advice is offered to assist in the preparation of written submissions to
There is no
prescribed form for a written submission to a parliamentary committee.
Submissions may be in the form of a letter, a substantial paper or a short
document. Appendices and other supporting documents may be appended to
submissions. Submissions may contain facts, opinions, arguments and recommendations
may cover all of the points raised in the Terms of Reference of the committee's
inquiry or a selection of them. The Terms of Reference usually provide
a good framework for structuring a submission.
submissions should be typed on A4 paper. This helps reproduction of the
submission for committees.
format for documents provided on disc is Microsoft Word 6.0. Submissions
may also be E-mailed. Such documents should be forwarded in a 'hard copy'
should be signed by the author either on his/her own behalf or on behalf
of an organisation. Those signing submissions on behalf of an organisation
should indicate what level the submission has been authorised (eg, sub-committee,
executive committee, president, chair, state branch, regional group etc).
There may be
submissions which an author would prefer not be made public. In this case
the author may request that the submission (or part of it) remain confidential.
This should be clearly indicated in the submission.
If it is desired
that part only of the submission remain confidential that part should be
submitted separately if possible. The committee will then consider the
request for confidentiality.
of 'Parliamentary Privilege' are drawn to your attention. Briefly, for
the purpose of a committee's inquiry, unless otherwise decided, a written
submission may be deemed by the committee to be the giving of evidence.
Its presentation to the committee and the committee's publication and the
circulation of it attracts the protection of parliamentary privilege. Thus,
no action of any kind may be taken against a person for making a submission
and no submission may be used in courts or tribunals to question the truth,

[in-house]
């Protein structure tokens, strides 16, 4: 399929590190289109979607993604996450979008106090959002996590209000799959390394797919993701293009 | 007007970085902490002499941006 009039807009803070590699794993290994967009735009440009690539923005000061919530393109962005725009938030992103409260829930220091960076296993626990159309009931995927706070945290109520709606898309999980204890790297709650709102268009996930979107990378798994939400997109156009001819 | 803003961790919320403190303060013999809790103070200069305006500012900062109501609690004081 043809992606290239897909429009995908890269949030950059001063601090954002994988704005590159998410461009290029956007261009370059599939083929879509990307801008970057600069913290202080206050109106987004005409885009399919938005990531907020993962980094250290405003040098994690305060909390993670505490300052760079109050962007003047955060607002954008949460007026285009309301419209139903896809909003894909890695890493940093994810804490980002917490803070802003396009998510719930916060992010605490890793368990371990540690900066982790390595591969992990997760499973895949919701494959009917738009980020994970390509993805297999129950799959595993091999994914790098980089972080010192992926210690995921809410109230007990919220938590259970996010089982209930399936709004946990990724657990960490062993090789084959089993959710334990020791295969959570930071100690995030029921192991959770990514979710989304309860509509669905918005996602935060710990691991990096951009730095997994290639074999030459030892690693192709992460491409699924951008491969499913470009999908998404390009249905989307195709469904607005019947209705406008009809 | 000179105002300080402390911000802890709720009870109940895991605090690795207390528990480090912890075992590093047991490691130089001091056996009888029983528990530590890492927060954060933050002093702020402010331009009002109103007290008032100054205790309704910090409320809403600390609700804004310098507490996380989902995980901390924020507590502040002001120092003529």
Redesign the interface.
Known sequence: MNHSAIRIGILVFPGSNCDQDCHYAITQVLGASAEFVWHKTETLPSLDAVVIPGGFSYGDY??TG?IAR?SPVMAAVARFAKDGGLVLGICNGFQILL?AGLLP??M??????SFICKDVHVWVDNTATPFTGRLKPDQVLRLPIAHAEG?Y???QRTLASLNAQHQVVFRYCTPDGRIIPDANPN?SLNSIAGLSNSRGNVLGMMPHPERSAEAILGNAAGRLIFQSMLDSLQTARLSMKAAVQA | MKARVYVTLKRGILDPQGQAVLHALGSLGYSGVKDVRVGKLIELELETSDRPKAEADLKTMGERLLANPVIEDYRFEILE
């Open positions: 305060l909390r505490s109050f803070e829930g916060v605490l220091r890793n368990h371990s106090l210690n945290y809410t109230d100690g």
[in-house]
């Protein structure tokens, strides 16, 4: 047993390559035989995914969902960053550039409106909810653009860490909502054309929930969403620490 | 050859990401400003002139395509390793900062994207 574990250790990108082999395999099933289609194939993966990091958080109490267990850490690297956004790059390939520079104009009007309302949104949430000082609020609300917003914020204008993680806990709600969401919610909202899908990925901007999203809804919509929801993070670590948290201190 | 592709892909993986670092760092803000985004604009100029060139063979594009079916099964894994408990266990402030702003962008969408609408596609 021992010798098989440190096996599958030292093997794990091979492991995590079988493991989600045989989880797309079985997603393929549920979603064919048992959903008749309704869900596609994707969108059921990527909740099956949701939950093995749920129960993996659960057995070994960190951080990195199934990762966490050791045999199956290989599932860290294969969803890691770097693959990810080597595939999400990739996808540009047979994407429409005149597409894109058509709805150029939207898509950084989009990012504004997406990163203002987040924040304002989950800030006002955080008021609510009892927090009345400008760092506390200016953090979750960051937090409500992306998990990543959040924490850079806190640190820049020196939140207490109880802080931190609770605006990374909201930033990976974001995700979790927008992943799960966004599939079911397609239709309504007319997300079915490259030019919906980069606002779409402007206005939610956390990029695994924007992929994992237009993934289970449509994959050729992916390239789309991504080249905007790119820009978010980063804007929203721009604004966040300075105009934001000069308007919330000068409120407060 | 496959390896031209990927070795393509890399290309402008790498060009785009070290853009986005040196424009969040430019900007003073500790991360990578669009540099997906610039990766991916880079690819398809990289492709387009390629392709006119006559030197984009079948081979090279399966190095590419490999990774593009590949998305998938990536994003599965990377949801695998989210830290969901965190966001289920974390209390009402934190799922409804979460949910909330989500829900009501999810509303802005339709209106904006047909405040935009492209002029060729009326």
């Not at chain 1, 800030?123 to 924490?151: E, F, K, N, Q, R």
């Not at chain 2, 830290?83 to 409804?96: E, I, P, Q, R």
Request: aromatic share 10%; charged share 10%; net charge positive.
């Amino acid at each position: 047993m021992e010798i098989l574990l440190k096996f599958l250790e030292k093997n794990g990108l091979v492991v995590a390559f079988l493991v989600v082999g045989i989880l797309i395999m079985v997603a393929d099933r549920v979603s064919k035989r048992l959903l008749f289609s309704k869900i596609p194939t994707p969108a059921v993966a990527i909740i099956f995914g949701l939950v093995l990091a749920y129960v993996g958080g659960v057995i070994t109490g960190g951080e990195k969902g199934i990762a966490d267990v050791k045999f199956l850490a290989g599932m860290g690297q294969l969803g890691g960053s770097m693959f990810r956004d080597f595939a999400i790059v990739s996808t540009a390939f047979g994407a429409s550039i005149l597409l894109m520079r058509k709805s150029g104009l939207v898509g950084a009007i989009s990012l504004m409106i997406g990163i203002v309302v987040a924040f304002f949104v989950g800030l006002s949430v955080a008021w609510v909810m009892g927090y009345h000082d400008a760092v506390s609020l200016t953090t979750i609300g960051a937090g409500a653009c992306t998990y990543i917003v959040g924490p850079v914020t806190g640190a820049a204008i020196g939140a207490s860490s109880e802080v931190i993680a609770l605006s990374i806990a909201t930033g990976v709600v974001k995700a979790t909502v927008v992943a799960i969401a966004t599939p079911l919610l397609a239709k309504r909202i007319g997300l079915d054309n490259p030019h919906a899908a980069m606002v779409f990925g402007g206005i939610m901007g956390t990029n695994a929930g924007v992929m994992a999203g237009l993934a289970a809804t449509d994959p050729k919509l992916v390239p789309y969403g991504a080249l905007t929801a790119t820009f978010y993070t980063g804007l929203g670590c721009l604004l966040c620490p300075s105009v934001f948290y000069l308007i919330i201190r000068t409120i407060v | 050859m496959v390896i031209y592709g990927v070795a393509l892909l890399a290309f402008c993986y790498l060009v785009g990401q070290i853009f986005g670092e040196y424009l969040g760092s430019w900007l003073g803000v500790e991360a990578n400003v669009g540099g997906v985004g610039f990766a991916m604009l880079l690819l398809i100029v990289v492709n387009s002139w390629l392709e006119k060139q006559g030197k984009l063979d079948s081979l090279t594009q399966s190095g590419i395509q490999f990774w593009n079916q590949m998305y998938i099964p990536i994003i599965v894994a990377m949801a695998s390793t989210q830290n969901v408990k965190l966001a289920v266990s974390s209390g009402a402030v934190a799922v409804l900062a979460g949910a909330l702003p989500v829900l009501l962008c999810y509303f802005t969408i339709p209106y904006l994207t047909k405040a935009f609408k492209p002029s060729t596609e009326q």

motives or credibility of any person.
Once a submission
has been received by a committee it must not be published or disclosed
to any other person in that form without the committee's authorisation.
If its publication is not authorised, not only is it not protected by parliamentary
privilege but publication may also be a contempt of Parliament.
may not accept a submission that is not relevant to the committee's inquiry.
The committee will inform you if it decides not to accept your submission.
Authors of submissions
are sometimes asked to give oral evidence before a committee at a public
hearing. Such questioning allows the committee to examine particular issues
in greater detail, and the author has an opportunity to amplify points
made, or provide additional information.
investigatory process falls into four distinct phases:
The Committee advertises
its Terms of Reference and calls for submissions.
The Committee gathers
information, including fact and opinion found in submissions and presented
in public hearings.
The Committee considers
the arguments, evidence and data it has gathered. Findings and recommendations
are agreed upon.
Committee documents and are made public only after a decision by the Committee.
Persons making submissions must not release them without the approval of
the Committee. Submissions are protected by parliamentary privilege
but the unauthorised release of them is not. The Committee encourages
the lodgement of submissions in electronic form. Emailed submissions
must include name, phone number and postal address. Guidelines for
witnesses and the preparation of a submission are available on the Internet
at http://www.parliament.tas.gov.au or by phoning the Secretary.
The Committee tables
a report, including its recommendations, in the Parliament.
Should you require
any further information concerning the preparation of submissions please
House of Assembly
6233 2248 Fax: (03) 6223 3803